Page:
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Types of Custody

There are two ways in which the custody of a child is arranged between parents after a divorce. Either the parents agree to a shared custody, or a joint custody arrangement. The type of custody is determined at the time of divorce by the judge. The decision is taken based on the needs of the child and the kind of life that can be provided by each parent. There are some significant differences between shared custody and joint custody. In shared custody, both the parents get to spend equal time with the child, and the parents essentially work side-by-side to raise the child in a manner similar to how they would have been raised if the divorce had not taken place.

In joint custody, the parents are treated as separate entities rather than a single unit. This arrangement comes into effect if both parents live apart from each other. Parents share the decision-making responsibilities for the child in a joint legal custody while the physical responsibility of the child rests on the shoulders of whichever parent has the child in custody at the time. The needs of the child are the court's prime concern. Shared custody allows for equal bonding time for both parents. This can only happen if both the parents live near one another.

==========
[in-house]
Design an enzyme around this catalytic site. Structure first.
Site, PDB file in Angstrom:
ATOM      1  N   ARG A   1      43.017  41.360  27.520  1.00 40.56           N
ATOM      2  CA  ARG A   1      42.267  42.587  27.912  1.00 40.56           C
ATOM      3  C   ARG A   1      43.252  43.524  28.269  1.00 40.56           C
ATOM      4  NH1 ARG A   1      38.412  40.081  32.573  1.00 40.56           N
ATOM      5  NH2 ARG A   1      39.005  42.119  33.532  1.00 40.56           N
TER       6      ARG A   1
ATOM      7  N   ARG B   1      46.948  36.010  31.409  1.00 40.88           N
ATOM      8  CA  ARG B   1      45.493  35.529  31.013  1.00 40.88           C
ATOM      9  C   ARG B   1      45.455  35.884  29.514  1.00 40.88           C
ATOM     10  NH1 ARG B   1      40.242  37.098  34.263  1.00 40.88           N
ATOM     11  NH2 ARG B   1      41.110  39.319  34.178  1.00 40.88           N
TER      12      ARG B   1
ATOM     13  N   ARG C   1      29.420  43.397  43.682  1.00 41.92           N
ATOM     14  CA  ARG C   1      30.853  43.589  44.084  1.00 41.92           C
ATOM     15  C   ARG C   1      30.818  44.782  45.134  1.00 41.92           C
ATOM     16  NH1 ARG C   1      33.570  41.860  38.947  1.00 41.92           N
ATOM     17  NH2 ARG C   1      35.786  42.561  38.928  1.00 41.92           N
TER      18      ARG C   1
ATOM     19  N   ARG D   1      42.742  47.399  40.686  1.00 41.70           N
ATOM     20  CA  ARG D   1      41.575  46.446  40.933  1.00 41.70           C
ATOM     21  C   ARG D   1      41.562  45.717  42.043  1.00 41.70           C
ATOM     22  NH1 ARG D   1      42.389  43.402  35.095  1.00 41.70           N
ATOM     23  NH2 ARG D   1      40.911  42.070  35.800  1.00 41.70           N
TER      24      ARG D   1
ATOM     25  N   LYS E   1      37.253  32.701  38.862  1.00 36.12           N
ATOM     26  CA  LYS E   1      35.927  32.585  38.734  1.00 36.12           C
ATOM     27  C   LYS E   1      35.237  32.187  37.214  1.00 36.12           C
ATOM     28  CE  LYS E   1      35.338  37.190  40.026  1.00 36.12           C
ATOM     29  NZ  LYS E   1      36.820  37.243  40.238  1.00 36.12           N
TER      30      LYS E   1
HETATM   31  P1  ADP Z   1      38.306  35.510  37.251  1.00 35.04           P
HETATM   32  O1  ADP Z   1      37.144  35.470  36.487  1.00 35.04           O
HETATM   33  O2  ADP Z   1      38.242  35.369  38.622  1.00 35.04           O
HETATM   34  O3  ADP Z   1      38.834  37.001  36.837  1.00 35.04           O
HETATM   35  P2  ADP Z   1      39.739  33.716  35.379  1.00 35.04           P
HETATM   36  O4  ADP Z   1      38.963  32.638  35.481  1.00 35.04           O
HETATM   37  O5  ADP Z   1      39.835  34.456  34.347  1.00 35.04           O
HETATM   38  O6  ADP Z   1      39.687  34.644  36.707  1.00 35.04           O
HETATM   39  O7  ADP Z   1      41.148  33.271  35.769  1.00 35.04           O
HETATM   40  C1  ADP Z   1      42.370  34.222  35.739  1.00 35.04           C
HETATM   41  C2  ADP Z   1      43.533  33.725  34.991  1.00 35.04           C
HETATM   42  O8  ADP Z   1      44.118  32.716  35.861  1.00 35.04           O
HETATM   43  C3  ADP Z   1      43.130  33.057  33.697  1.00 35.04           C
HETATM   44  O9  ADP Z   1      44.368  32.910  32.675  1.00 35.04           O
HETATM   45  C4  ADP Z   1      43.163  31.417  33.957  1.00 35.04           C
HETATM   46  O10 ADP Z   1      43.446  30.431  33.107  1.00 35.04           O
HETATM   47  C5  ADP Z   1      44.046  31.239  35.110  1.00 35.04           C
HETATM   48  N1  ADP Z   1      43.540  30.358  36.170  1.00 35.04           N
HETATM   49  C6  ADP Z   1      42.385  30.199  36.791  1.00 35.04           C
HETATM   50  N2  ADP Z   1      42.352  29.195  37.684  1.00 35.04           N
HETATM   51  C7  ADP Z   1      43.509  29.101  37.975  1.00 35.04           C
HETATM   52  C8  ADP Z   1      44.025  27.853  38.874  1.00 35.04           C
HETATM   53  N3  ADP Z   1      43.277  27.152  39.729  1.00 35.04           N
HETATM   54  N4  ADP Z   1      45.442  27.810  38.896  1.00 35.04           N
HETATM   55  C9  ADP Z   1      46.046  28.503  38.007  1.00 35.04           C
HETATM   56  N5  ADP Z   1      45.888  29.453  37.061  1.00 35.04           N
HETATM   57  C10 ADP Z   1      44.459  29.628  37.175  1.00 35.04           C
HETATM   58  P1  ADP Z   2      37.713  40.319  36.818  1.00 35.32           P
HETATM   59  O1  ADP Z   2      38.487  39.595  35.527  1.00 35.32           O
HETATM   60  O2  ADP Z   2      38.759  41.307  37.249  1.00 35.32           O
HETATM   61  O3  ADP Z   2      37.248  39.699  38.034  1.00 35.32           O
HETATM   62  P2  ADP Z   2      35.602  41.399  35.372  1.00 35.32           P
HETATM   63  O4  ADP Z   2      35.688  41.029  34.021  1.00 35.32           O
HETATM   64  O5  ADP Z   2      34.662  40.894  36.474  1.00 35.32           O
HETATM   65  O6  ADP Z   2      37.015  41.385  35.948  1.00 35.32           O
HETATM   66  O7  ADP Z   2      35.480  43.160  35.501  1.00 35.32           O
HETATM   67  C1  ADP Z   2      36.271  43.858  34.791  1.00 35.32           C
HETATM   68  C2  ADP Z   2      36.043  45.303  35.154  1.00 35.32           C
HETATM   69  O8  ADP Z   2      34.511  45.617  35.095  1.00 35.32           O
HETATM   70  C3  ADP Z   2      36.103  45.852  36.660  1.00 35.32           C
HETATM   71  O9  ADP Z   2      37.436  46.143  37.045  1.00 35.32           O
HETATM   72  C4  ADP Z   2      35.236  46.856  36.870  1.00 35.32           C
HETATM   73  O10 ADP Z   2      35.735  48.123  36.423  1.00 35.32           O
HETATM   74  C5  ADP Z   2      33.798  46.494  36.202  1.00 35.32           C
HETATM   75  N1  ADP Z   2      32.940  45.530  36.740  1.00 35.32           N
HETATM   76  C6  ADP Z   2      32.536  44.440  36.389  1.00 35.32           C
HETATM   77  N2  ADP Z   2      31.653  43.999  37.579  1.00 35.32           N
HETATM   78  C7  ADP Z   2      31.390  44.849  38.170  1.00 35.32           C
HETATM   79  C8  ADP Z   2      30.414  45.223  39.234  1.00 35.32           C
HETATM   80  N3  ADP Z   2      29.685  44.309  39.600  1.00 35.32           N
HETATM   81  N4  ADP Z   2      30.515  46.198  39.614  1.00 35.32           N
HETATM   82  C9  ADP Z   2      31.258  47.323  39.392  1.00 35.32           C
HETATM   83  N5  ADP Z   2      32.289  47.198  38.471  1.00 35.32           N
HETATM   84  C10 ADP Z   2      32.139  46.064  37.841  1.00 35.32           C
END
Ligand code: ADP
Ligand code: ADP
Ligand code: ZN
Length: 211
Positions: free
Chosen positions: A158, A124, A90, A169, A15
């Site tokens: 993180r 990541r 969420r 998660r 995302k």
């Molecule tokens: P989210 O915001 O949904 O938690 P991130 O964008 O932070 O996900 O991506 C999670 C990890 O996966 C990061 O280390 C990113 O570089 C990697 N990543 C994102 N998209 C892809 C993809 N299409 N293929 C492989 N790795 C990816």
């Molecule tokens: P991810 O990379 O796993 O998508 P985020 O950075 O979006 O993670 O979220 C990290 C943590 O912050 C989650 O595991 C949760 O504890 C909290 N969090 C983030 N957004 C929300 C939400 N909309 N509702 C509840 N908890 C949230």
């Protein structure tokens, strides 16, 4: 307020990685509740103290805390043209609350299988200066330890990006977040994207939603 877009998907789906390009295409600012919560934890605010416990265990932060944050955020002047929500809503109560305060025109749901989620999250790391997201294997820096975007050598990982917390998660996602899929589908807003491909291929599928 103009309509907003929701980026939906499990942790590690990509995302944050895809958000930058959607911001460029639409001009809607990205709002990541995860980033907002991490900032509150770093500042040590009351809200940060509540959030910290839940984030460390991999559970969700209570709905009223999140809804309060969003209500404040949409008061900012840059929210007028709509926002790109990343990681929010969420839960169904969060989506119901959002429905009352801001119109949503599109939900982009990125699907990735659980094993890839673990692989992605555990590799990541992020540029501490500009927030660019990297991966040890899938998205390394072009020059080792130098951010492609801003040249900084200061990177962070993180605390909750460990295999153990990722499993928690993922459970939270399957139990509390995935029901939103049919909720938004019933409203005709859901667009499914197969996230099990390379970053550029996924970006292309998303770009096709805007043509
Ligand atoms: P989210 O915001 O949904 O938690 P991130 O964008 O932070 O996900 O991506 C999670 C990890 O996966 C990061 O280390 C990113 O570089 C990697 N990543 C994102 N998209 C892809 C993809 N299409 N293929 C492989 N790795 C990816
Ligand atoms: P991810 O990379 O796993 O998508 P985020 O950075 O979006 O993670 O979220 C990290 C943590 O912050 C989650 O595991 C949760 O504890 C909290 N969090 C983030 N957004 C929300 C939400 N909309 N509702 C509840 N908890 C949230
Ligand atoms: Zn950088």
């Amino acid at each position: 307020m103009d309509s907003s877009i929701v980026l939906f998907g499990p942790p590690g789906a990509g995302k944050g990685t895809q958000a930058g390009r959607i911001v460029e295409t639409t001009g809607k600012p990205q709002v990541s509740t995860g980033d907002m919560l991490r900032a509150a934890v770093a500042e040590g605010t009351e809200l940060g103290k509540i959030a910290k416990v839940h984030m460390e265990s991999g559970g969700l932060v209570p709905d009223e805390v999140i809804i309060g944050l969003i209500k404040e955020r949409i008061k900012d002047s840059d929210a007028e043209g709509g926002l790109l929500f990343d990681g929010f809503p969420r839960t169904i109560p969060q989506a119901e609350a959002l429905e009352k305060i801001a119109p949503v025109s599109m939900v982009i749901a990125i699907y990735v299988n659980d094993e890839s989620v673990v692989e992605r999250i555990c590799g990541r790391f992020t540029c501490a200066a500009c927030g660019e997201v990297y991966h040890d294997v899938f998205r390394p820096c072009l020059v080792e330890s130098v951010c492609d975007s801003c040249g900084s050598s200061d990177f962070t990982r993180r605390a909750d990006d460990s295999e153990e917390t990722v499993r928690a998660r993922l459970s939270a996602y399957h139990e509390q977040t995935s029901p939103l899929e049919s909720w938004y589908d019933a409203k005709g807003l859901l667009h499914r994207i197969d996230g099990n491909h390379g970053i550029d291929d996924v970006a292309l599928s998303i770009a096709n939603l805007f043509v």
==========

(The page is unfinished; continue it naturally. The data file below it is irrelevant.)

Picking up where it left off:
The parents can work together to provide a united, supportive front for the child. Both of them make joint decisions regarding the child's education, religious upbringing, health care concerns etc. A court-appointed mediator helps the parents work out the details of the parenting plan, including specifying where the child will spend the summer, holidays and weekends. The goal is to give both parents equal say in raising the child, instead of placing all the responsibility of child-rearing on a single parent. This happens when the court feels both parents are equally responsible and capable.

On the other hand, joint custody allows for the work of .raising the child to be divided as per a specific task. The physical custody of the child is assigned to one of the parents, after taking both the parent's living arrangements, working schedule and other factors into account. Joint custody arrangement offers an alternating schedule for both parents. This means one parent has a greater part of the parenting responsibilities than the other. Joint custody works best in situations where one parent is in a better position to take care of the child than the other. The child is kept with the parent who is able to provide better care while still allowing the child to interact with the other parent on a regular basis.

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